Dozens of militiamen have been sentenced to death in the Democratic Republic of Congo for their involvement in the murder of two UN experts.
Swedish-Chilean Zaida Catalan and American Michael Sharp were kidnapped and killed in the Kasai region in 2017.
They were investigating suspected mass graves after fighting broke out between government forces and a militia.
Their interpreter, Betu Tshintela, was also killed. Their bodies were found 16 days after their abduction.
The UN was shocked by the killings and at the time, and Secretary General António Guterres said the organization would “do everything possible to see justice done”.
Hundreds of people have died in the Kasai conflict that ended in 2017. More than a million people have been displaced by the fighting, which began after a traditional leader, Kamwina Sapu, was killed in August 2016.
The guilty verdicts were handed down by a military tribunal after a four-year trial.
Of the dozens of defendants, 51, almost all militiamen, were sentenced to death. But as DR Congo has declared a moratorium on executions, the sentences will likely end up being life imprisonment.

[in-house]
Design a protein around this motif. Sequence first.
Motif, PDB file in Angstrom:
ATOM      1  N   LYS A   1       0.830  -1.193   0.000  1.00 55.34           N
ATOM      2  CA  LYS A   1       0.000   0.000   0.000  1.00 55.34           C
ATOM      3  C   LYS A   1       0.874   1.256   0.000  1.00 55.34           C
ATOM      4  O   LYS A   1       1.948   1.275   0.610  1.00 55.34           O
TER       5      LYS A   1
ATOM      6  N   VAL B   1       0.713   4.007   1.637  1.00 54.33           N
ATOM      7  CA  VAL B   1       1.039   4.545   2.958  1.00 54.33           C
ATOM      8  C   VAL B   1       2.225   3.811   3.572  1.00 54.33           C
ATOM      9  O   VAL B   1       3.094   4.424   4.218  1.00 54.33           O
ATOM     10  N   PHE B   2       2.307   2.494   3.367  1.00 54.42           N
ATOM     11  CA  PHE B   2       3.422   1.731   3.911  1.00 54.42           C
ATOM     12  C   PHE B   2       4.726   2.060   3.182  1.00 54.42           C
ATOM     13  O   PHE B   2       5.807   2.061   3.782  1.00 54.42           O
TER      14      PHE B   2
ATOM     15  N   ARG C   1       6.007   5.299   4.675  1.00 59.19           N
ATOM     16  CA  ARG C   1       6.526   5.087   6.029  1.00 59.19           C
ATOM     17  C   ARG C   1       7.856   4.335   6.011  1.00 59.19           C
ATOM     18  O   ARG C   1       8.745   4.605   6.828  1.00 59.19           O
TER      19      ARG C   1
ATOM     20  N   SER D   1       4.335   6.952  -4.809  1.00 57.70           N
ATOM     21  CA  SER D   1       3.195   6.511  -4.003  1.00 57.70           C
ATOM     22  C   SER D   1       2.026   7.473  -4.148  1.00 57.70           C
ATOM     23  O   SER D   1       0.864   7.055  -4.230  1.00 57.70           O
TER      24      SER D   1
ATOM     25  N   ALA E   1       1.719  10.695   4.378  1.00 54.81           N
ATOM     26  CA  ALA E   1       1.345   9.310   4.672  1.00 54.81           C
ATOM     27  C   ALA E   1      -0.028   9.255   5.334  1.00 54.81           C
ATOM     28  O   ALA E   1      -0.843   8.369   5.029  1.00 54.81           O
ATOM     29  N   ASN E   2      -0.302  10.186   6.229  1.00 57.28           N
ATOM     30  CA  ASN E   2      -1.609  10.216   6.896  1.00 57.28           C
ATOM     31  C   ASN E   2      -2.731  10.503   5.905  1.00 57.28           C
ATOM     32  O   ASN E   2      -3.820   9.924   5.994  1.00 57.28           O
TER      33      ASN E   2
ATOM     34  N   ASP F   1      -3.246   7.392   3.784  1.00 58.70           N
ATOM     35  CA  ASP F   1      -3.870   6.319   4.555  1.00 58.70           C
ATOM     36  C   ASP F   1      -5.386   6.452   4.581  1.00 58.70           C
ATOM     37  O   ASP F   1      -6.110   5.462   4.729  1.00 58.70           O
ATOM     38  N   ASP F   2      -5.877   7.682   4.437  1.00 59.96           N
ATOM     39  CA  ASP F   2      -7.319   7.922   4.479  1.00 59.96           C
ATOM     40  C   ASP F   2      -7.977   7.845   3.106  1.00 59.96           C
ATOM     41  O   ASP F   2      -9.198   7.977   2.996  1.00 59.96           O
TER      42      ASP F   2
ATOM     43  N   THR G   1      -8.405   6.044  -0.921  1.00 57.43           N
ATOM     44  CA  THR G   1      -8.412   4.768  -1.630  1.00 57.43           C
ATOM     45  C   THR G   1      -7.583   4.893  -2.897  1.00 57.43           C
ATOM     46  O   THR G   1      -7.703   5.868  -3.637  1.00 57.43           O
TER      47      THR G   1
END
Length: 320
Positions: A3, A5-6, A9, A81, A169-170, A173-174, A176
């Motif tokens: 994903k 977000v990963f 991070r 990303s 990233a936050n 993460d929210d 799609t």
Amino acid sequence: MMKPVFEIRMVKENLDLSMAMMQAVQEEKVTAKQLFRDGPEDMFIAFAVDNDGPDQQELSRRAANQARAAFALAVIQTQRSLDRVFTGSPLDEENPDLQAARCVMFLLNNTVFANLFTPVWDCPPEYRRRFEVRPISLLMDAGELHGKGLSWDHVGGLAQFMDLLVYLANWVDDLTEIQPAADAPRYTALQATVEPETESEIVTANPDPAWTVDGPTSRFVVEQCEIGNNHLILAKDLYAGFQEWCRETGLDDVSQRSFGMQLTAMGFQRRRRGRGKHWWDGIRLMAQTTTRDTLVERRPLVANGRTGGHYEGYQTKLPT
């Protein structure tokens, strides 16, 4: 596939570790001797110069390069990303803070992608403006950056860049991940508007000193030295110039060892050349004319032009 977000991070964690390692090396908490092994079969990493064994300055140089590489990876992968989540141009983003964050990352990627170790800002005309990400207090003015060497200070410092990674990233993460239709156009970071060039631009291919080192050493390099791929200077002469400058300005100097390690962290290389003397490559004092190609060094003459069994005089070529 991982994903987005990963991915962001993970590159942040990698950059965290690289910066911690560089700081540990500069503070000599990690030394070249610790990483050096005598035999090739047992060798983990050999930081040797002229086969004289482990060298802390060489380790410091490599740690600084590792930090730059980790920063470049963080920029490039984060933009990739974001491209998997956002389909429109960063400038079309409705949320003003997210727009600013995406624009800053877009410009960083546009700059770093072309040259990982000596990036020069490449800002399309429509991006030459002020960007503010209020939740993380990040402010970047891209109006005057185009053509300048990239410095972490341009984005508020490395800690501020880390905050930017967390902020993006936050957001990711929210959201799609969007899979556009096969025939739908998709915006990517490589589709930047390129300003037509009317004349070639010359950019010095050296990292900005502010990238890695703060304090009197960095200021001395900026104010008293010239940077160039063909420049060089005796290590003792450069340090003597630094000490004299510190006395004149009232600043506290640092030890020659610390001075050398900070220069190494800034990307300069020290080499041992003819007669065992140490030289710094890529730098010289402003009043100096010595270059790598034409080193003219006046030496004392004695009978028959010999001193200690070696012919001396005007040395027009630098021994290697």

They had faced various charges, ranging from terrorism and murder to an act of war crime and mutilation, reports the AFP news agency.
Colonel Jean de Dieu Mambweni, who was sentenced to 10 years in prison, was charged with violating orders. Two others — a journalist and a policeman — were acquitted.
However, Human Rights Watch says this trial did not reveal what really happened. He wants another investigation to find out if the orders to kill the UN investigators came from higher up the military chain of command.